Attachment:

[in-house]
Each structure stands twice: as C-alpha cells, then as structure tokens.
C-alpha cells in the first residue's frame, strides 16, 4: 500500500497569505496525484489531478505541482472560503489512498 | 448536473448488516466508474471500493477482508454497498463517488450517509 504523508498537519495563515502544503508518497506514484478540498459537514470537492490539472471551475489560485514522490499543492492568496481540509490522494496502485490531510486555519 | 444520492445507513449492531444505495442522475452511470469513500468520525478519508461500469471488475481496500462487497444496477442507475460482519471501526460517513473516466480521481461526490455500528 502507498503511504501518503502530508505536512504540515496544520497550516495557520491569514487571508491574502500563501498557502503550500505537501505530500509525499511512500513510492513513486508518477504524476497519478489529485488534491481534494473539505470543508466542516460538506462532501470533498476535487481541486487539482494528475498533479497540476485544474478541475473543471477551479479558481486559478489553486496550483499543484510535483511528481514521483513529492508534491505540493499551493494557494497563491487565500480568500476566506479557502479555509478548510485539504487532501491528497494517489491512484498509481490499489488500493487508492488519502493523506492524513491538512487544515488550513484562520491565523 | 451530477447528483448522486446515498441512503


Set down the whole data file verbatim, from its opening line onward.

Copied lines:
[in-house]
Each structure stands twice: as C-alpha cells, then as structure tokens.
C-alpha cells in the first residue's frame, strides 16, 4: 500500500497569505496525484489531478505541482472560503489512498 | 448536473448488516466508474471500493477482508454497498463517488450517509 504523508498537519495563515502544503508518497506514484478540498459537514470537492490539472471551475489560485514522490499543492492568496481540509490522494496502485490531510486555519 | 444520492445507513449492531444505495442522475452511470469513500468520525478519508461500469471488475481496500462487497444496477442507475460482519471501526460517513473516466480521481461526490455500528 502507498503511504501518503502530508505536512504540515496544520497550516495557520491569514487571508491574502500563501498557502503550500505537501505530500509525499511512500513510492513513486508518477504524476497519478489529485488534491481534494473539505470543508466542516460538506462532501470533498476535487481541486487539482494528475498533479497540476485544474478541475473543471477551479479558481486559478489553486496550483499543484510535483511528481514521483513529492508534491505540493499551493494557494497563491487565500480568500476566506479557502479555509478548510485539504487532501491528497494517489491512484498509481490499489488500493487508492488519502493523506492524513491538512487544515488550513484562520491565523 | 451530477447528483448522486446515498441512503